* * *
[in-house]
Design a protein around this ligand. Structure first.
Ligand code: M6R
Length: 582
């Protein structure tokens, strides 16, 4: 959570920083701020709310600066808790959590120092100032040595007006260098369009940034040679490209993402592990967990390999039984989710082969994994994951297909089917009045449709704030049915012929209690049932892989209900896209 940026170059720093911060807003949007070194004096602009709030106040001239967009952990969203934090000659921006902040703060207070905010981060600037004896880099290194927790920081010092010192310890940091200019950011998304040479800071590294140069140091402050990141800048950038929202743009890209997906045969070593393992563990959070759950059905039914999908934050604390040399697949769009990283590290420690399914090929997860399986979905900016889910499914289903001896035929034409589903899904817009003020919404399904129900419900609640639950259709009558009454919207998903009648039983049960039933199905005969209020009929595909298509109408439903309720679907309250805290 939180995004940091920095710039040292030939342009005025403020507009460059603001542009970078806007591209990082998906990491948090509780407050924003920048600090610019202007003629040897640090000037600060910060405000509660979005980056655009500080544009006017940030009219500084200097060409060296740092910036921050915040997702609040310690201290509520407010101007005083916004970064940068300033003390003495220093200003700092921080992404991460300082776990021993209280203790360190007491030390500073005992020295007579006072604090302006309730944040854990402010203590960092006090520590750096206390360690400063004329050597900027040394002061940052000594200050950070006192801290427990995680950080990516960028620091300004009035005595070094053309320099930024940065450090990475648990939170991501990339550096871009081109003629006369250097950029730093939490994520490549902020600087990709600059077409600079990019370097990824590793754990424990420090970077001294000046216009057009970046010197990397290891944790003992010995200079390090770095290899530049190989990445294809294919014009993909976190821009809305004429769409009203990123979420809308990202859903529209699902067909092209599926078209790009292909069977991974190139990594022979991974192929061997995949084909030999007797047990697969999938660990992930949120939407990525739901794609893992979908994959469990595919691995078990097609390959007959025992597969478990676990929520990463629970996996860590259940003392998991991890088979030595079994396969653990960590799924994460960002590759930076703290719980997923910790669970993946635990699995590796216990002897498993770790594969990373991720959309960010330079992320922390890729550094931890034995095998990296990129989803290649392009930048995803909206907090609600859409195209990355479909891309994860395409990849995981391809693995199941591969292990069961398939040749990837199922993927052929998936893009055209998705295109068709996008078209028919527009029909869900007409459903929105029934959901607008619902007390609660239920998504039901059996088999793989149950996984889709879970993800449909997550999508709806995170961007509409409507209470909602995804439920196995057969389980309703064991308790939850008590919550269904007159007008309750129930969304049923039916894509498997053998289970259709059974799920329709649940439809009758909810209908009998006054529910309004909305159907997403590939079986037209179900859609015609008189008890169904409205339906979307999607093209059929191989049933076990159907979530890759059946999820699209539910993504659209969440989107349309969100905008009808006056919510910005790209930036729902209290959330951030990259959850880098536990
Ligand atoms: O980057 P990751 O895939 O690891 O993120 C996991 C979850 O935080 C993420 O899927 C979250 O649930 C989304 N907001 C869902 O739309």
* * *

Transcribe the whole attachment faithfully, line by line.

[in-house]
Design a protein around this ligand. Structure first.
Ligand code: M6R
Length: 582
């Protein structure tokens, strides 16, 4: 959570920083701020709310600066808790959590120092100032040595007006260098369009940034040679490209993402592990967990390999039984989710082969994994994951297909089917009045449709704030049915012929209690049932892989209900896209 940026170059720093911060807003949007070194004096602009709030106040001239967009952990969203934090000659921006902040703060207070905010981060600037004896880099290194927790920081010092010192310890940091200019950011998304040479800071590294140069140091402050990141800048950038929202743009890209997906045969070593393992563990959070759950059905039914999908934050604390040399697949769009990283590290420690399914090929997860399986979905900016889910499914289903001896035929034409589903899904817009003020919404399904129900419900609640639950259709009558009454919207998903009648039983049960039933199905005969209020009929595909298509109408439903309720679907309250805290 939180995004940091920095710039040292030939342009005025403020507009460059603001542009970078806007591209990082998906990491948090509780407050924003920048600090610019202007003629040897640090000037600060910060405000509660979005980056655009500080544009006017940030009219500084200097060409060296740092910036921050915040997702609040310690201290509520407010101007005083916004970064940068300033003390003495220093200003700092921080992404991460300082776990021993209280203790360190007491030390500073005992020295007579006072604090302006309730944040854990402010203590960092006090520590750096206390360690400063004329050597900027040394002061940052000594200050950070006192801290427990995680950080990516960028620091300004009035005595070094053309320099930024940065450090990475648990939170991501990339550096871009081109003629006369250097950029730093939490994520490549902020600087990709600059077409600079990019370097990824590793754990424990420090970077001294000046216009057009970046010197990397290891944790003992010995200079390090770095290899530049190989990445294809294919014009993909976190821009809305004429769409009203990123979420809308990202859903529209699902067909092209599926078209790009292909069977991974190139990594022979991974192929061997995949084909030999007797047990697969999938660990992930949120939407990525739901794609893992979908994959469990595919691995078990097609390959007959025992597969478990676990929520990463629970996996860590259940003392998991991890088979030595079994396969653990960590799924994460960002590759930076703290719980997923910790669970993946635990699995590796216990002897498993770790594969990373991720959309960010330079992320922390890729550094931890034995095998990296990129989803290649392009930048995803909206907090609600859409195209990355479909891309994860395409990849995981391809693995199941591969292990069961398939040749990837199922993927052929998936893009055209998705295109068709996008078209028919527009029909869900007409459903929105029934959901607008619902007390609660239920998504039901059996088999793989149950996984889709879970993800449909997550999508709806995170961007509409409507209470909602995804439920196995057969389980309703064991308790939850008590919550269904007159007008309750129930969304049923039916894509498997053998289970259709059974799920329709649940439809009758909810209908009998006054529910309004909305159907997403590939079986037209179900859609015609008189008890169904409205339906979307999607093209059929191989049933076990159907979530890759059946999820699209539910993504659209969440989107349309969100905008009808006056919510910005790209930036729902209290959330951030990259959850880098536990
Ligand atoms: O980057 P990751 O895939 O690891 O993120 C996991 C979850 O935080 C993420 O899927 C979250 O649930 C989304 N907001 C869902 O739309």